The Aflac duck isn't just a duck on TV that quacks its companies name—it's now a real life robot duck created to help kids face cancer. My Special Aflac Duck was introduced at CES, and it definitely lives up to its name.
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Aflac teamed up with health and research company Sproutel (maker of Jerry the Bear for kids with type 1 diabetes) to design a robotic comfort toy to help kids being treated for cancer.
Sproutel spent a year exploring what it's like for kids living with cancer, their parents, and medical professionals. Through their research, they were able to create the duck that's the perfect mix between a toy, a robot, and a medical device.
The duck has five touch sensors, making its movements completely lifelike. It dances, nuzzles, cuddles, and even has breath and heartbeat.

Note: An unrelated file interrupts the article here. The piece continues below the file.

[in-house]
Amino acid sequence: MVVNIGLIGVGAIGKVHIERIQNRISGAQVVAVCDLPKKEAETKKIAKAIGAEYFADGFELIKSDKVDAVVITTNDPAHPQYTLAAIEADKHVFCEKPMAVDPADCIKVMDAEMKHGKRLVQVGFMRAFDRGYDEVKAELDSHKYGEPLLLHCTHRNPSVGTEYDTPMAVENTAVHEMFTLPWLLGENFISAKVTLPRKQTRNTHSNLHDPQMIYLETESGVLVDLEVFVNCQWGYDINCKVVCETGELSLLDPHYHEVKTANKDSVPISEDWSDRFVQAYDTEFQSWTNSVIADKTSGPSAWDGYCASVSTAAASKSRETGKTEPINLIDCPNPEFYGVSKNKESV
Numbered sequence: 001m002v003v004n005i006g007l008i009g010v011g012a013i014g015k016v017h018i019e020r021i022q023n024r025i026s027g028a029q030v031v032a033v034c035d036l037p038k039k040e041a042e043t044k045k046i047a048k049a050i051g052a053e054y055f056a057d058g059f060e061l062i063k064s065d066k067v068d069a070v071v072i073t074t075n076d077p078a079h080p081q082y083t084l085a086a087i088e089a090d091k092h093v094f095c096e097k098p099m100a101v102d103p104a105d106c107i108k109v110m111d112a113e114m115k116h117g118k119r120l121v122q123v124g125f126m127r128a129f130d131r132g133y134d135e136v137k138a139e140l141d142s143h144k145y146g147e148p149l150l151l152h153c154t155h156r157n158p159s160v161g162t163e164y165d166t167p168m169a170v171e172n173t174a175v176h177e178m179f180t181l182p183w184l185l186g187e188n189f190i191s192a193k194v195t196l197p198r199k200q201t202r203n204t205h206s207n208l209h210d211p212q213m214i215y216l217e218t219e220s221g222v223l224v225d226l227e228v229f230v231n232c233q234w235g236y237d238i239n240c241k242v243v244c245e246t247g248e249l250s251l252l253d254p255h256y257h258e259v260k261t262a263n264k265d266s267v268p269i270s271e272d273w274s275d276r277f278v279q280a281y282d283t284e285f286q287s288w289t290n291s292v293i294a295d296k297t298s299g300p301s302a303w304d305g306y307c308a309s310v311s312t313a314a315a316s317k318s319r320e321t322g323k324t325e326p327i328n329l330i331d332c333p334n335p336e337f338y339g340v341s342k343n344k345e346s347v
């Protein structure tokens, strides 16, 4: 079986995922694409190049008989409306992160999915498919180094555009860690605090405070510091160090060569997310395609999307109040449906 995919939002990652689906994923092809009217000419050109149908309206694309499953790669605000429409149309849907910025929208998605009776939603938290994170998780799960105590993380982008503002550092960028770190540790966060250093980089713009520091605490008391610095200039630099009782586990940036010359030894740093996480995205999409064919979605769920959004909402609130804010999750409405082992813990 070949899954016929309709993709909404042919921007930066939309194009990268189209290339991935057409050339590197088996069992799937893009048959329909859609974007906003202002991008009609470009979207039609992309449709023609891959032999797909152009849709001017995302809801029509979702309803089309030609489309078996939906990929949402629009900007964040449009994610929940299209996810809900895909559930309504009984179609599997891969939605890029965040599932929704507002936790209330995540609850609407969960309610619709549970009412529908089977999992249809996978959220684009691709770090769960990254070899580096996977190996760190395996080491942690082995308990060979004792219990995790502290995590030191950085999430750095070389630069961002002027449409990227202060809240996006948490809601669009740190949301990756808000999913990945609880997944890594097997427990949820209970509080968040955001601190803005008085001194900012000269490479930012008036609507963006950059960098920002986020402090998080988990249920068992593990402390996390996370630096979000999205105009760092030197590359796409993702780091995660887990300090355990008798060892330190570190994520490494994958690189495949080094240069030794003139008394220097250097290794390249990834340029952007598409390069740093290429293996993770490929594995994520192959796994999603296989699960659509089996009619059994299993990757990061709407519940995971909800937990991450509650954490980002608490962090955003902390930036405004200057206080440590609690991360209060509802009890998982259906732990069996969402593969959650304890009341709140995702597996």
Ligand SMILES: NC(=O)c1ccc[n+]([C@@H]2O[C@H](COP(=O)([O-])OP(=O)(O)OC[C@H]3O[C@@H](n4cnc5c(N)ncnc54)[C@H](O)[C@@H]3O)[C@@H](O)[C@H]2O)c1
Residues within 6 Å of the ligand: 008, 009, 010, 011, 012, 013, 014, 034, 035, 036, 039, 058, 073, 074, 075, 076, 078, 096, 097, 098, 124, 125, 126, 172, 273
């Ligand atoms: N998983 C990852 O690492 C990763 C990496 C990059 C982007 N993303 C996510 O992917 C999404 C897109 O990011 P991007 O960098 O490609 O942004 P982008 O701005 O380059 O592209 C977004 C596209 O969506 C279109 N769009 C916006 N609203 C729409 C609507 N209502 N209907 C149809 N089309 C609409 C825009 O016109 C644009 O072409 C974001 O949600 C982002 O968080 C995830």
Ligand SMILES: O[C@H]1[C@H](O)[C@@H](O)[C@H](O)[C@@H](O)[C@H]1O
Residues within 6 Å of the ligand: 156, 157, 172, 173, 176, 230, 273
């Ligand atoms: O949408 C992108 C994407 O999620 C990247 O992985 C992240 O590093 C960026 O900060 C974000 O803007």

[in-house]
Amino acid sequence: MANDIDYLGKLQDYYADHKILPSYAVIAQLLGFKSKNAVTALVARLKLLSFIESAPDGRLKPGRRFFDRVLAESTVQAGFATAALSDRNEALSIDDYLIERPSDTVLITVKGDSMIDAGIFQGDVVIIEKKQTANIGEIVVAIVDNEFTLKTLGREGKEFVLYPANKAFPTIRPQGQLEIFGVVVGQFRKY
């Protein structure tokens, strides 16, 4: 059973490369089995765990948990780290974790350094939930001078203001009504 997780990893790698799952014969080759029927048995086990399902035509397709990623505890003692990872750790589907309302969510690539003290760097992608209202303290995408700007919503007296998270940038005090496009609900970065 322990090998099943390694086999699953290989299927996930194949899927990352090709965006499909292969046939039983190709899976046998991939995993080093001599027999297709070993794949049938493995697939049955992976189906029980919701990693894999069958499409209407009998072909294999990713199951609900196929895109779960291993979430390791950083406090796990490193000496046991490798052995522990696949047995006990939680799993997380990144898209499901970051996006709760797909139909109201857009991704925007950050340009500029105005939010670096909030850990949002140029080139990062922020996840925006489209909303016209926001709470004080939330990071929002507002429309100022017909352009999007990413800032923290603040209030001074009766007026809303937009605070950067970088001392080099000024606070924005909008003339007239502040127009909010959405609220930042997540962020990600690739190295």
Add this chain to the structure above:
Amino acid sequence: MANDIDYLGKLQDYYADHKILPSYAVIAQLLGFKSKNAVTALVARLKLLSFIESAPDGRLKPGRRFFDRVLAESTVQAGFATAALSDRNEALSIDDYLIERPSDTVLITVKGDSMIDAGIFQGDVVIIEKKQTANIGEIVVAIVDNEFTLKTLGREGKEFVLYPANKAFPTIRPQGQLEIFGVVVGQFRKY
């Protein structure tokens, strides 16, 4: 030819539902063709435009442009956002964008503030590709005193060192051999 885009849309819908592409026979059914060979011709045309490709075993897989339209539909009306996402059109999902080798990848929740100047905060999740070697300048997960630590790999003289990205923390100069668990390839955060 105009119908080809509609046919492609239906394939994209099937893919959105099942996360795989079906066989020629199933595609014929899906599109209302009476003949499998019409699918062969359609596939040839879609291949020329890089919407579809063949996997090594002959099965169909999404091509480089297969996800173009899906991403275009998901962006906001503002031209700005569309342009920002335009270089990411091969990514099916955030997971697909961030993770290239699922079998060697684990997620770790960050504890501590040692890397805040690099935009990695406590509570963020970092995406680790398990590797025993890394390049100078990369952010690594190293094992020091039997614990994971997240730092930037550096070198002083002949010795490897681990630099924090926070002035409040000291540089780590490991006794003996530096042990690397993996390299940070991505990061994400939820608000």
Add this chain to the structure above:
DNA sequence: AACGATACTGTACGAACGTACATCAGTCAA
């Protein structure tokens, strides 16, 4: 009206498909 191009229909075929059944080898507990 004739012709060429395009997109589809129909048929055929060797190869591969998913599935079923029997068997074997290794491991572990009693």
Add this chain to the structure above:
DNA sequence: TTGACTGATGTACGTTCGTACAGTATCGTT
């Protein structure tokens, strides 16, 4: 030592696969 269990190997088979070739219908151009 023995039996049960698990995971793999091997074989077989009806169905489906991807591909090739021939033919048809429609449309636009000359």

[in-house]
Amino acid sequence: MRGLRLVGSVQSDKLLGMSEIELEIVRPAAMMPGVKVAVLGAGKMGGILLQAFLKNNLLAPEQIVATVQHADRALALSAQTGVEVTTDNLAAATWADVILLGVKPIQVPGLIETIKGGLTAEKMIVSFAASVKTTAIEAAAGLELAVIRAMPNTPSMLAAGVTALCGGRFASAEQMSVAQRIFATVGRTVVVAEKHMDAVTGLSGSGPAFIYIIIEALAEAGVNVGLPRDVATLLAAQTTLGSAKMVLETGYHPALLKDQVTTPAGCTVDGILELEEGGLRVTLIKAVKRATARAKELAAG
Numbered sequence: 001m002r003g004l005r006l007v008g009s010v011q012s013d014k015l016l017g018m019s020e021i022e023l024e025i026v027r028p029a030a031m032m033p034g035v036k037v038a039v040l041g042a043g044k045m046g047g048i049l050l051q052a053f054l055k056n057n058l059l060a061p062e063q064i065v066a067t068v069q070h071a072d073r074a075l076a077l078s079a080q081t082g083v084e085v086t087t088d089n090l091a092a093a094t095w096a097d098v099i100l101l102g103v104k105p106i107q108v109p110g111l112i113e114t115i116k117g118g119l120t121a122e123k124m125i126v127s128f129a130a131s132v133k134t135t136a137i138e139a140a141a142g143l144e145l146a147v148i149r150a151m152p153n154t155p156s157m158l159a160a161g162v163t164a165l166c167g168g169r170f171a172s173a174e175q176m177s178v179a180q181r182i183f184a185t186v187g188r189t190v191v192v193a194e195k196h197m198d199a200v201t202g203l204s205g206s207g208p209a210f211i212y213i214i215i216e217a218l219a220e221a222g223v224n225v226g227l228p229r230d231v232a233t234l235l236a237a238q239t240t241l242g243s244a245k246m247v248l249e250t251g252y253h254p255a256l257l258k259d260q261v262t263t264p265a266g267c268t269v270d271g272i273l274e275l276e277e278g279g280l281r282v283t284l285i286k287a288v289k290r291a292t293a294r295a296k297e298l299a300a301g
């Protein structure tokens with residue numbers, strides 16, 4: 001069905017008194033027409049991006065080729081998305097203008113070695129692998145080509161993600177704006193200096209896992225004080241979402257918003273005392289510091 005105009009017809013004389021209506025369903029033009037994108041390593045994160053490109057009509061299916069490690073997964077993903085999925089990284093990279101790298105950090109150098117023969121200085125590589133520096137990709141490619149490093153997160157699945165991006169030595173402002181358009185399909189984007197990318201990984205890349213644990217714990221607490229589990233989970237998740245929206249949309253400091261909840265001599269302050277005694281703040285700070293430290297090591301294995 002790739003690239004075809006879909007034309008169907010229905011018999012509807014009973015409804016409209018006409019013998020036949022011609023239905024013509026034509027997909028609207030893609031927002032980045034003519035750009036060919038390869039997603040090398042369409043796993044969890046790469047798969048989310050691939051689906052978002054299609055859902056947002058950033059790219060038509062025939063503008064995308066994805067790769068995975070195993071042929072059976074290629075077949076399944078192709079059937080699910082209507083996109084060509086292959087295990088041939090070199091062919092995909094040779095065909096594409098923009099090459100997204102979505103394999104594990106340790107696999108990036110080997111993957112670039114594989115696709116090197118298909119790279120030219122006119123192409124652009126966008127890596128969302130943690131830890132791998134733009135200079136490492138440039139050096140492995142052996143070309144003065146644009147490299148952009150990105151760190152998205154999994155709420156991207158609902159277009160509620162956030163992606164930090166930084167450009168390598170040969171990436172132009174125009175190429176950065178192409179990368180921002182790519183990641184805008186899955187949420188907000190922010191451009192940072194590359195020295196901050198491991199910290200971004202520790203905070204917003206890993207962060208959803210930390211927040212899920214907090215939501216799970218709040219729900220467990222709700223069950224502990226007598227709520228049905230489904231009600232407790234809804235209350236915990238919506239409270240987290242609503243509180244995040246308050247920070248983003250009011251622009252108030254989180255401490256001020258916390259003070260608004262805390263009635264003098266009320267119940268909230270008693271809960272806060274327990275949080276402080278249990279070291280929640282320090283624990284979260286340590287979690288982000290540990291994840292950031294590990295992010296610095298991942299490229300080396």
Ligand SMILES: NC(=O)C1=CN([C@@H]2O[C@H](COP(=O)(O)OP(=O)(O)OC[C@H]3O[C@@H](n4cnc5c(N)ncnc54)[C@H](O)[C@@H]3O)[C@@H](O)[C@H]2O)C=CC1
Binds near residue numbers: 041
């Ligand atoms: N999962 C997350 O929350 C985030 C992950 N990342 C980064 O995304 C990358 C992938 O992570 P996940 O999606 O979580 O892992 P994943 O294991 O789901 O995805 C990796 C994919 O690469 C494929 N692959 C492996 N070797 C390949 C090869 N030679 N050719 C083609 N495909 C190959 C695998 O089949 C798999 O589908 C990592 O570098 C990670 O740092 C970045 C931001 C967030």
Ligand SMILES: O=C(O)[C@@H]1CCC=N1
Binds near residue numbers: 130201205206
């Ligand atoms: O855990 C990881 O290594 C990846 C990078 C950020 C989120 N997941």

Kids can touch any of the RFID-enabled emoji cards on the duck's chest to express how they think the duck is feeling, which is usually a representation of their own feelings. The duck will emulate those feelings with a happy quack and dance or a sad quack with a droopy head. This gives kids a sense of having control over their feelings at a time when everything else is completely out of their control.
There's a chemotherapy PICC line attached to the chest sensor, allowing kids be there for their furry friend as it goes through the same treatment as them.
The duck costs around $200, but Aflac has committed to donating the ducks to any child with a recent cancer diagnoses.
Learn more about the Aflac Childhood Cancer Campaign here.